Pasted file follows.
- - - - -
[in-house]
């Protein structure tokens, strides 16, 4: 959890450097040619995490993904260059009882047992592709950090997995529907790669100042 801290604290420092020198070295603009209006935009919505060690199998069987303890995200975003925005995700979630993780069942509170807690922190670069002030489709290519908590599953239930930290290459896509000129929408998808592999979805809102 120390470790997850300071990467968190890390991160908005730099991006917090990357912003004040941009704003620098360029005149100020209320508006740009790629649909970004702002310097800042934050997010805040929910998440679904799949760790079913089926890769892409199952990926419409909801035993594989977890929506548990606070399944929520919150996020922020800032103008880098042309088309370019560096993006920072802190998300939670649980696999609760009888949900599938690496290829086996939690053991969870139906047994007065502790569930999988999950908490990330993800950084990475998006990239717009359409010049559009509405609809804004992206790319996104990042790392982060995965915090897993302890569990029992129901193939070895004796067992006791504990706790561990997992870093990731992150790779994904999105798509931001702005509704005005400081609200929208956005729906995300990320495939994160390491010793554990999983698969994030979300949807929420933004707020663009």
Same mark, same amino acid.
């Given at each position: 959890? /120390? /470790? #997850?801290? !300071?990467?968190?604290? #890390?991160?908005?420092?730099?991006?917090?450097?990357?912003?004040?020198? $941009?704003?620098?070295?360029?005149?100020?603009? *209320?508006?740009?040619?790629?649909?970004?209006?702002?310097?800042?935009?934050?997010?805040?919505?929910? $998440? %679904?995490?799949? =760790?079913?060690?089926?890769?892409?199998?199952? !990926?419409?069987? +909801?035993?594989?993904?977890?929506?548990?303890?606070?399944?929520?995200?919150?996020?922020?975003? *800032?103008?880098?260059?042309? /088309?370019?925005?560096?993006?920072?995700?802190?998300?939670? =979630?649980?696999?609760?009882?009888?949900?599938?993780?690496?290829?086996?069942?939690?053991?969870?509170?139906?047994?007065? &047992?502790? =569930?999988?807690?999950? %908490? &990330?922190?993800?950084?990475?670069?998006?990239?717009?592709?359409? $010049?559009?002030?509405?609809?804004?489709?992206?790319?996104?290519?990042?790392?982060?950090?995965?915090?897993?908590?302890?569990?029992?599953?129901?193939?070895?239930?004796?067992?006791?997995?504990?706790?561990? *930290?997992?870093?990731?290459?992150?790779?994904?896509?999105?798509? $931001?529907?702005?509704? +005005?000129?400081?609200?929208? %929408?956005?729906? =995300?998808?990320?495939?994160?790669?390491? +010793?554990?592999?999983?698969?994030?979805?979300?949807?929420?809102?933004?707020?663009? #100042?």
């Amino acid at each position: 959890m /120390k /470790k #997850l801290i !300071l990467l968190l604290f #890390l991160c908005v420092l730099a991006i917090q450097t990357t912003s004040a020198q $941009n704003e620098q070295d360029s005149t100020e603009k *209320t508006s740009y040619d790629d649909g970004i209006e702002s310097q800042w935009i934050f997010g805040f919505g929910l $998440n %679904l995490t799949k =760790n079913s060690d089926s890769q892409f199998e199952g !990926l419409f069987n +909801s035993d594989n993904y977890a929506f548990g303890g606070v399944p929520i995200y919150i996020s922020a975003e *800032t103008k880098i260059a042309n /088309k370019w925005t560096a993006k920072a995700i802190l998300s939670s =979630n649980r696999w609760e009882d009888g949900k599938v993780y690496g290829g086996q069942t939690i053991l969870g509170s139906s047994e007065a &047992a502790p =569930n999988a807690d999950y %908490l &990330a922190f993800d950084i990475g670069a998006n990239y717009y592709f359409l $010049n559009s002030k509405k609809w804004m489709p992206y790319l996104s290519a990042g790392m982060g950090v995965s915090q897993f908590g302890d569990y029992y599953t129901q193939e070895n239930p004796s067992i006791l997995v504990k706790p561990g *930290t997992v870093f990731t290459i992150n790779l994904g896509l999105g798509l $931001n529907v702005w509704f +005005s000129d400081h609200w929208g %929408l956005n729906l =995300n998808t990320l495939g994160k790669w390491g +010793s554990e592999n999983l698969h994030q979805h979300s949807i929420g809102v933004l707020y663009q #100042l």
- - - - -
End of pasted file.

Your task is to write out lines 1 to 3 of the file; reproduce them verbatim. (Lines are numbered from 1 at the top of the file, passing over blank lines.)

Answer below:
[in-house]
């Protein structure tokens, strides 16, 4: 959890450097040619995490993904260059009882047992592709950090997995529907790669100042 801290604290420092020198070295603009209006935009919505060690199998069987303890995200975003925005995700979630993780069942509170807690922190670069002030489709290519908590599953239930930290290459896509000129929408998808592999979805809102 120390470790997850300071990467968190890390991160908005730099991006917090990357912003004040941009704003620098360029005149100020209320508006740009790629649909970004702002310097800042934050997010805040929910998440679904799949760790079913089926890769892409199952990926419409909801035993594989977890929506548990606070399944929520919150996020922020800032103008880098042309088309370019560096993006920072802190998300939670649980696999609760009888949900599938690496290829086996939690053991969870139906047994007065502790569930999988999950908490990330993800950084990475998006990239717009359409010049559009509405609809804004992206790319996104990042790392982060995965915090897993302890569990029992129901193939070895004796067992006791504990706790561990997992870093990731992150790779994904999105798509931001702005509704005005400081609200929208956005729906995300990320495939994160390491010793554990999983698969994030979300949807929420933004707020663009």
Same mark, same amino acid.